Q5: Do you know if it is possible to run tests in parallel on multiple devices or simulator?

Yes. That’s now natively supported by Apple. Previously there was a limitation that you can run only one instance of Simulator but now we can run multiple simulators at the same time. At that time Facebook created tool xctool and LinkedIn created Bluepill to run XCUITests in parallel as a workaround. Now, Apple officially and natively supports parallel XCUITest both on Simulators and Real Devices. As a result, Apple broke Facebook’s  xctool and Bluepill still works but not required now.

You can run tests in parallel on Continuous Integration server using xcodebuild  tool. We just have to pass multiple destinations (Simulator or Device Id) to xcodebuild. I have covered this as part of my hands-on XCUITest blog post here with Demo Github repository Xcode9-XCTest. Clone or download  Xcode9-XCTest project and run the xcodebuild command by passing additional destinations options.

If you use Xcode Server as CI server then it has inbuilt option to run tests in parallel and you can attach many devices to the server as well. Read more about latest Xcode Server features here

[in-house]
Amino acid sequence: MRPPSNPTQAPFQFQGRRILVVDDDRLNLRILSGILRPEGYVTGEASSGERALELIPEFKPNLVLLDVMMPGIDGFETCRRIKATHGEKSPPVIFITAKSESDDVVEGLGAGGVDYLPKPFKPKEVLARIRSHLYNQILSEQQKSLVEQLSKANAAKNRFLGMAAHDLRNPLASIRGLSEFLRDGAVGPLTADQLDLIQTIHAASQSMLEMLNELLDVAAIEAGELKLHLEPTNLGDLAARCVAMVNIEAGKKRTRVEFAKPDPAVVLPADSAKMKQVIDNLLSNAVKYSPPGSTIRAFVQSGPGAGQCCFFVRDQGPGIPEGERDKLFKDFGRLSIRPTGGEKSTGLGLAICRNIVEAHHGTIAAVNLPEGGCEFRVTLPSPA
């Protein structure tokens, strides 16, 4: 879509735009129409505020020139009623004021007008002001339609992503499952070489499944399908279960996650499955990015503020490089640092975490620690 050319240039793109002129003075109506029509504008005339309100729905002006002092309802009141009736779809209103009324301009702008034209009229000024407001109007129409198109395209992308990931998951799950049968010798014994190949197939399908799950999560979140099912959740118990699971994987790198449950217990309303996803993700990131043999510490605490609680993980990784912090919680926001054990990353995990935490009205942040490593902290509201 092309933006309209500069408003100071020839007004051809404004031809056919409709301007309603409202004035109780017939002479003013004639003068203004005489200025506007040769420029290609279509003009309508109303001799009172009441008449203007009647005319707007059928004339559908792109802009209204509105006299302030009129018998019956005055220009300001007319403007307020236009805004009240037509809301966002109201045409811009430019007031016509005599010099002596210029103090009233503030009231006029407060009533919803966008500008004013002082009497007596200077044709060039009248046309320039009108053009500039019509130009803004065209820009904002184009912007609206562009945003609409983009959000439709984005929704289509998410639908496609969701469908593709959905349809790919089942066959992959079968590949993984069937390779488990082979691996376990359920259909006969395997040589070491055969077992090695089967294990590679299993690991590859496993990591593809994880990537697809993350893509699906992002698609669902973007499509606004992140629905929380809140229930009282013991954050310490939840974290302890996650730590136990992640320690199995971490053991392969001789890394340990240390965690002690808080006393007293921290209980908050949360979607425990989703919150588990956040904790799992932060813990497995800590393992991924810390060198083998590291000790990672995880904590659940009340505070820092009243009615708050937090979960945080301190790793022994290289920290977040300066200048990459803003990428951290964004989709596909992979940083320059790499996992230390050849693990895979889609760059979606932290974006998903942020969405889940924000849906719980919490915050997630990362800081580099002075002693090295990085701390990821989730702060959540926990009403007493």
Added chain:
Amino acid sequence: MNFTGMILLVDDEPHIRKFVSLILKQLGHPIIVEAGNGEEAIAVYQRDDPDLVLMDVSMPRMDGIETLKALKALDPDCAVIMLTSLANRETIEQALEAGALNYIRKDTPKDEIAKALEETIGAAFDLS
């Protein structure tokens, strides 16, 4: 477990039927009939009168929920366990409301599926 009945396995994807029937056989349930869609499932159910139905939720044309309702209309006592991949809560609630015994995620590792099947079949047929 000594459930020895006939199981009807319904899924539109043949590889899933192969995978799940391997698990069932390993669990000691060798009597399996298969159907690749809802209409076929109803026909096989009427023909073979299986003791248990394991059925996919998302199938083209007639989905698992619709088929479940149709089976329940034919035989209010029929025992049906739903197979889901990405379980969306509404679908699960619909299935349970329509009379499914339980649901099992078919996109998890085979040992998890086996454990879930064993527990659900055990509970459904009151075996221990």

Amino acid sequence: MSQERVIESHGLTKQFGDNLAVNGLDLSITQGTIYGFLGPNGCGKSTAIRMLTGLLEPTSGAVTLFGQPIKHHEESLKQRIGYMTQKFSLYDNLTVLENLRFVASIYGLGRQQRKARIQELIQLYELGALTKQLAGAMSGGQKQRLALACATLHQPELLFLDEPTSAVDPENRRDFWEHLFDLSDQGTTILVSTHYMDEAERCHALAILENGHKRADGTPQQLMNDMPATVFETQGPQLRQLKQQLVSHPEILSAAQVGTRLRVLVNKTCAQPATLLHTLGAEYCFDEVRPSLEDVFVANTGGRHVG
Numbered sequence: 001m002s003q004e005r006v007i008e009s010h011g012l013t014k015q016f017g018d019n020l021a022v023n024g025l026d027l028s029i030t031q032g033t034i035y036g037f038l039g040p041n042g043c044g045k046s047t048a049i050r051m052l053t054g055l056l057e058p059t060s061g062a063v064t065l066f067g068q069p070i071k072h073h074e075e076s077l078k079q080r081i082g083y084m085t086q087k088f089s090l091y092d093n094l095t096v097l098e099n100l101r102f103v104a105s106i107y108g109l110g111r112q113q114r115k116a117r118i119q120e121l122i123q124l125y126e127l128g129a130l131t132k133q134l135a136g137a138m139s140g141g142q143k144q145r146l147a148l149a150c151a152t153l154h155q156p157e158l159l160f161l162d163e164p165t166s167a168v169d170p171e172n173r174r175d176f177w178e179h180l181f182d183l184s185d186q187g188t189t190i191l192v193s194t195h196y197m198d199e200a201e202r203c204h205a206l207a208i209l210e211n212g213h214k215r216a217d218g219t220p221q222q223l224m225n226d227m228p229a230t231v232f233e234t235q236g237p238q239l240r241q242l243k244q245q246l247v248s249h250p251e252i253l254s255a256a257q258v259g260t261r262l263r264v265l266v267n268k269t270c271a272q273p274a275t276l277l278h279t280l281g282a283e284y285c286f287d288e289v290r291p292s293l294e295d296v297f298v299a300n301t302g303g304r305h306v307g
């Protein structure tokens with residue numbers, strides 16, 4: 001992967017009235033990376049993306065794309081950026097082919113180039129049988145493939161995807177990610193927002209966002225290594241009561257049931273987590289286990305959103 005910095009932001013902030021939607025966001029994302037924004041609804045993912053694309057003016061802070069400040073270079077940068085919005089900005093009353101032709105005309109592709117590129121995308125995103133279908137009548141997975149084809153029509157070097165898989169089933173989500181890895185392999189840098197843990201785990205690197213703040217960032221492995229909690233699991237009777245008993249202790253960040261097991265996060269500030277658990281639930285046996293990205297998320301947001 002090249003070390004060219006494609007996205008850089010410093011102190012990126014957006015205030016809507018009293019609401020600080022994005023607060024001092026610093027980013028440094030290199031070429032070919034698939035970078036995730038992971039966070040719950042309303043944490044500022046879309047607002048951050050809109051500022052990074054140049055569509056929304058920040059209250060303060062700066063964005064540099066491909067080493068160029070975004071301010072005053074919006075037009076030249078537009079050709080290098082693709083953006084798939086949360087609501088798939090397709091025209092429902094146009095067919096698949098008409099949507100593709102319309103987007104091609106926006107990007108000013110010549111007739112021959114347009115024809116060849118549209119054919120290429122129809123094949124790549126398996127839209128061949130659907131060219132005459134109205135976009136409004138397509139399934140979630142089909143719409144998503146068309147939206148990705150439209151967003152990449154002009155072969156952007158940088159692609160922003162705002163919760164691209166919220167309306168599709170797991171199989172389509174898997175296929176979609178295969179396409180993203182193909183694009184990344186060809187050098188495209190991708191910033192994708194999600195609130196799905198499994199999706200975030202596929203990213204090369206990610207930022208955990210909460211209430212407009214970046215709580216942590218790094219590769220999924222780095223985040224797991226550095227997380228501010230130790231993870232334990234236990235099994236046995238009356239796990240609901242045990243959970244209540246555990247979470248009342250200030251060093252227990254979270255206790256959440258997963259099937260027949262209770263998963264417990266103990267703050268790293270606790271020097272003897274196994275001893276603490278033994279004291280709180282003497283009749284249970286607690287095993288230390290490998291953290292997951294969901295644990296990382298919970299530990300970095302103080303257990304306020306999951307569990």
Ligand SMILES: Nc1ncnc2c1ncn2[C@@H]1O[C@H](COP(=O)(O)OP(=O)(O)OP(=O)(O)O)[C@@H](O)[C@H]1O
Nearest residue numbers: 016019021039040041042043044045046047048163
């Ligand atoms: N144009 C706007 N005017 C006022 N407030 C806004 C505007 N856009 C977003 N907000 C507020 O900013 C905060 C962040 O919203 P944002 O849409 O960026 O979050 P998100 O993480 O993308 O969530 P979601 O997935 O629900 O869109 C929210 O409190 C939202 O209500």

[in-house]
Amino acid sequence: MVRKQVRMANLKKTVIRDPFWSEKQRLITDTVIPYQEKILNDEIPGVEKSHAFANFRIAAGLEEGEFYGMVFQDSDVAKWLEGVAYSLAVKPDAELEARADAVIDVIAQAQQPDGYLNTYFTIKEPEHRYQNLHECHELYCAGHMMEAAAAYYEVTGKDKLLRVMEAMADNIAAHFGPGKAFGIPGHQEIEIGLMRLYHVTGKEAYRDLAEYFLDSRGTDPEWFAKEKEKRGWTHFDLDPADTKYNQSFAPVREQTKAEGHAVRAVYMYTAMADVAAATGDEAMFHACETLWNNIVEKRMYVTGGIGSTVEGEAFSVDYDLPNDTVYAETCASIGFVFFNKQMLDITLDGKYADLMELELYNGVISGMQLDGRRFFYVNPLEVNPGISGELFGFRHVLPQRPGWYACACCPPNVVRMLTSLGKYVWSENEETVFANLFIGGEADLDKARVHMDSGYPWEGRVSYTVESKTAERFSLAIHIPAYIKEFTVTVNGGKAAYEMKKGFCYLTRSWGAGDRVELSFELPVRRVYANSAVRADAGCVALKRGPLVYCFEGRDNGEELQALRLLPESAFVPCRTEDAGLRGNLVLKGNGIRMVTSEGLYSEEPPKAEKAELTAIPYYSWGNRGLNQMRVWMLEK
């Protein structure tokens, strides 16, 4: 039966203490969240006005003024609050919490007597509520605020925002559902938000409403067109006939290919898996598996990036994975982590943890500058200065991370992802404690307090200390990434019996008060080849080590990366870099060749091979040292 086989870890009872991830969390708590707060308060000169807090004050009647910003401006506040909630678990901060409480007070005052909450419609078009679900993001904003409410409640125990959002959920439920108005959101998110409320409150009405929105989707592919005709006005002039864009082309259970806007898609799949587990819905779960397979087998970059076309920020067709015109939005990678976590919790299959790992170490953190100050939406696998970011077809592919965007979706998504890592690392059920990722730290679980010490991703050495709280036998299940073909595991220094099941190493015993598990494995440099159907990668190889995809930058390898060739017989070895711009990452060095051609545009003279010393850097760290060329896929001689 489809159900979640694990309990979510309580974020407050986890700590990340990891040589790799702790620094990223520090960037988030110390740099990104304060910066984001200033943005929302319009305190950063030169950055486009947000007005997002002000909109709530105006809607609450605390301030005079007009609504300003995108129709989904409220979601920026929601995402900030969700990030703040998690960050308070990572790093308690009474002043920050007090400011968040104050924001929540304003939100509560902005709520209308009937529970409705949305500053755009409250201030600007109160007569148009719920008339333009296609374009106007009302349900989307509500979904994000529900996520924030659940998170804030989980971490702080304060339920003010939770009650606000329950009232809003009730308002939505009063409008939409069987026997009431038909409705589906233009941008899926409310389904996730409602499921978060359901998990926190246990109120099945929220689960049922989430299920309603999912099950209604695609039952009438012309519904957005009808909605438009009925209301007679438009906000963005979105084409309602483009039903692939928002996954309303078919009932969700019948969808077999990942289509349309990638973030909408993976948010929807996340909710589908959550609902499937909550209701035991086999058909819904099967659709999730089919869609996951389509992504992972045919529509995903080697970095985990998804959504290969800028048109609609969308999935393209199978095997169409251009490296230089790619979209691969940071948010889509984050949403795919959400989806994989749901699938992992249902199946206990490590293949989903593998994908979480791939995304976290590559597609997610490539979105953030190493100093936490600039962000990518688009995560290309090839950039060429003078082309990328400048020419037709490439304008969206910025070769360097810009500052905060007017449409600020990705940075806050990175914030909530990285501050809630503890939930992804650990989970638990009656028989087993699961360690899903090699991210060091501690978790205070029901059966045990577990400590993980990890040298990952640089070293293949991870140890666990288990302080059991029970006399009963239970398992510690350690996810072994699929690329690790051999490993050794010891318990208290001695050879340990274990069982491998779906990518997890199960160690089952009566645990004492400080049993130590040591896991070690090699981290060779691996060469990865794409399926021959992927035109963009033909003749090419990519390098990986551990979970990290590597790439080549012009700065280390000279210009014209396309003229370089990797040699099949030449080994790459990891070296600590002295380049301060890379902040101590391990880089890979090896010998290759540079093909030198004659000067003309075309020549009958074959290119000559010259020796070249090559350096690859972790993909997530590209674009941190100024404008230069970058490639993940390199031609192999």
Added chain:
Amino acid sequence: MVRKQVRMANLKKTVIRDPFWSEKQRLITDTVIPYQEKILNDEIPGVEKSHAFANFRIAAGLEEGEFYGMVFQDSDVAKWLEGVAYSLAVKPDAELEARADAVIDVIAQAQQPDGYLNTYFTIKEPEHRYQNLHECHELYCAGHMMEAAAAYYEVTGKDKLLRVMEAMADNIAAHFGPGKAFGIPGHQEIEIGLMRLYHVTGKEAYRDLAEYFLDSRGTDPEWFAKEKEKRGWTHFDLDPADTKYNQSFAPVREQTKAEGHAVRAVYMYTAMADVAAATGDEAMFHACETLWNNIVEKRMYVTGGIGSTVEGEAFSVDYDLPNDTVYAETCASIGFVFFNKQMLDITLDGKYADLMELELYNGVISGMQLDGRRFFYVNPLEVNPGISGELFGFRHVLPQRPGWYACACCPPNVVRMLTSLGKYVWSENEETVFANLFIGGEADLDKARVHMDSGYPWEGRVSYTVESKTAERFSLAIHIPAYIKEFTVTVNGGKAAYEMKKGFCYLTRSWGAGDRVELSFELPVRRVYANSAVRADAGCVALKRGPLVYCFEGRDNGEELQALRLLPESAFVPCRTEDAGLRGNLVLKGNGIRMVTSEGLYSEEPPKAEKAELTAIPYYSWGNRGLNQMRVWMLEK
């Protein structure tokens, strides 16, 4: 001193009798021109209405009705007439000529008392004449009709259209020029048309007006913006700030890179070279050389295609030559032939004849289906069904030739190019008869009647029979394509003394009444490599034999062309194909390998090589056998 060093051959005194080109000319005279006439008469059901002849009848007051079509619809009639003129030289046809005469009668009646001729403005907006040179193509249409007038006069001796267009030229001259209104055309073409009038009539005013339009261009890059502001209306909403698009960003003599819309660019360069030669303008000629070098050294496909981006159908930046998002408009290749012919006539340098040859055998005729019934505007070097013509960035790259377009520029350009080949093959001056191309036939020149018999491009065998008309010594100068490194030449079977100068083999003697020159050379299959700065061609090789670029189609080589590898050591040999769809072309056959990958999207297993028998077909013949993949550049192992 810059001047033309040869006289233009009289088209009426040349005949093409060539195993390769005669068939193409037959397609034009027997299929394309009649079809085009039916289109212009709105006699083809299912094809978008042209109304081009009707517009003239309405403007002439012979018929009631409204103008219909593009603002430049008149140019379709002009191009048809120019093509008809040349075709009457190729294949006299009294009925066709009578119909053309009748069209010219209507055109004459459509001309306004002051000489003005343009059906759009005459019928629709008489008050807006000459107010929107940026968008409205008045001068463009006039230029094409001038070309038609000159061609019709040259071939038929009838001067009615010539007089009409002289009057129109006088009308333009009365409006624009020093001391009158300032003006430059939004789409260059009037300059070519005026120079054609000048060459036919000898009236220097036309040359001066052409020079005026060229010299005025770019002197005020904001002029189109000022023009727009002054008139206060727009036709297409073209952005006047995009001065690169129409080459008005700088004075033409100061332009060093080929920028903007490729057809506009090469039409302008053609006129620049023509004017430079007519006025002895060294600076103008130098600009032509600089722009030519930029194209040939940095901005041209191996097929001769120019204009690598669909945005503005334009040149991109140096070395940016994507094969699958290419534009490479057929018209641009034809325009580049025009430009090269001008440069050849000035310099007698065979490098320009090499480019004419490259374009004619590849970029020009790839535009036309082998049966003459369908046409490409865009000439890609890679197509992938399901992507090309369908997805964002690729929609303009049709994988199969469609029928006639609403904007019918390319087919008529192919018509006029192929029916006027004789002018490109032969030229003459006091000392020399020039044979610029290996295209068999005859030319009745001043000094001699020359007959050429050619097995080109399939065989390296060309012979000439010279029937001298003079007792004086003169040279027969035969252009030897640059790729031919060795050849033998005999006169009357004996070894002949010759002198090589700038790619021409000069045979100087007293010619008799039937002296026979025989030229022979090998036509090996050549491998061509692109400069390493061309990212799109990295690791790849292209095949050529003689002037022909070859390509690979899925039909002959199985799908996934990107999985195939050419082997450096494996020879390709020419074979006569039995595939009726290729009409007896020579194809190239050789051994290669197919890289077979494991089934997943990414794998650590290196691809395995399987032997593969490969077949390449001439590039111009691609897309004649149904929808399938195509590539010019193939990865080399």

In case of other CI servers, you can use xcodebuild command line tool mentioned above.

 Q6: How do you handle iOS apps that have iPhone and iPad designs?

This is an interesting question and glad that Raffel brought that up. If you are designing XCUITest for both iPhone and iPad then you have to architect those properly. Again accessibility Identifiers can help to identify XCUIElements uniquely regardless of the screen size so adding accessibility Identifiers is key to success.However, there are other aspects that you need to consider as well such as modal dialogue, popovers, action sheet where you need to add extra code to handle this logic. By the way, you can differentiate iPhone and iPad using UIDevice API from Apple.

Also, it’s a good idea to create separate Xcode Schemes to run tests for better reporting on multiple devices.

Q7: What are the third party device labs that support XCUITest?

This is another great question bought up by Jason. There are various vendors who provide the ability to run XCUITest in their device cloud. Let’s cover few of them

  • Bitbar

You can connect to Android and iOS Devices on the Bitbar public cloud.

  • AWS Device Farm

There is AWS Device Farm where you can upload the app and run tests. There is great documentation covering setup guide here.

  • Perfecto